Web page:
Anna Forbes

Writing the introduction for my Capstone project was impactful because it helped me realize underlying motivations I have for writing a novel. Subconsciously, I was aware of these feelings, but I had not considered them as primary reasons for why I wanted to write a really long book (that is extremely likely to manifest into a trilogy).

My little brother is going to be the best husband (I promise there is a point to this). He grew up with three older sisters who have pounded the “Women are to be respected” mantra into his head. He can and has played every sport he wants to. He also plays guitar and piano and has an elaborate ramen bowl every day after school that he makes himself. He loves with his whole heart, something I have been given the delight of experiencing. He is a modern-day renaissance man. I love how he embraces the different ways God has made him. I don’t know if he’s had to deal with pushback from the world that says he has to fit in a box, or that cooking or hugging are not masculine. Nothing makes me angrier than thinking about the possibility that this might occur.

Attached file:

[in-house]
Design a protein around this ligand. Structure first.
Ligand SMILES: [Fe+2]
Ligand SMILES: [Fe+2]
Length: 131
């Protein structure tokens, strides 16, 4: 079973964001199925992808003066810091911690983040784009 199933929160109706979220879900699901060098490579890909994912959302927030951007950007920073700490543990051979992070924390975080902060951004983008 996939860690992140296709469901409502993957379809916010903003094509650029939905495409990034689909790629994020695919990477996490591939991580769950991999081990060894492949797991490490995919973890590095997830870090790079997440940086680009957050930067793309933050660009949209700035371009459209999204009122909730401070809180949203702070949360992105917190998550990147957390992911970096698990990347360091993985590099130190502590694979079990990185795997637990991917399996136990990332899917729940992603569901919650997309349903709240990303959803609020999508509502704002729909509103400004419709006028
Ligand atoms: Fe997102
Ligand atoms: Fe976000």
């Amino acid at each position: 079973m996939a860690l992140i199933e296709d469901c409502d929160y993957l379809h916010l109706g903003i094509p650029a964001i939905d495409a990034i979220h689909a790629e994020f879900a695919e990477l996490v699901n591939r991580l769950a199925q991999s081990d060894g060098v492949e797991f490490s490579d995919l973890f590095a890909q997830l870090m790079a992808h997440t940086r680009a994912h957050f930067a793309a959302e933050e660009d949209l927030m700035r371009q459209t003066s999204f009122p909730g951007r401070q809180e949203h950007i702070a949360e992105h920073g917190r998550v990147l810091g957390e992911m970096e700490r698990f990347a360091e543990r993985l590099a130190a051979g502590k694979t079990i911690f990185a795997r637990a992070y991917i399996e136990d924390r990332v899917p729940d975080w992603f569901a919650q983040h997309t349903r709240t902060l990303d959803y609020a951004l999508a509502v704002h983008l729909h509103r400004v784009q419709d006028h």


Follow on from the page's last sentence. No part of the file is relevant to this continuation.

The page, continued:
It is important to me that I am allowed to be a mix of person, too. I can receive joy from smashing a volleyball, singing Defying Gravity, and walking into the Clements. I used to picture librarians, or even women, as quiet and dispassionate and weak. I do not think this anymore. I am a strong woman writing about strong women.

Writing the introduction helped me solidify my primary characters. I will be writing flashbacks about Anna Pope, whom many scholars consider America’s first great female book collector (FBC), and Estelle Doheny, a devout Catholic and philanthropist who started collecting when her corrupt oil tycoon husband was convicted of a whole bundle of crimes. However, the story will revolve most heavily around Margaret and Anna. Margaret is my first minor character. She is based on two real women in my life: Margaret Carney, the Director of the International Dinnerware Museum in Ann Arbor, and Emiko (Emi) Hastings, the Curator of Books and Digital Projects Librarian at the Clements Library in Ann Arbor. They are my mentors and role models for my future career in libraries and museums. Margaret (the fictional one) is Anna’s mentor in the story. She will be written into many scenes, hopefully when she and Anna meet and as the narrative progresses.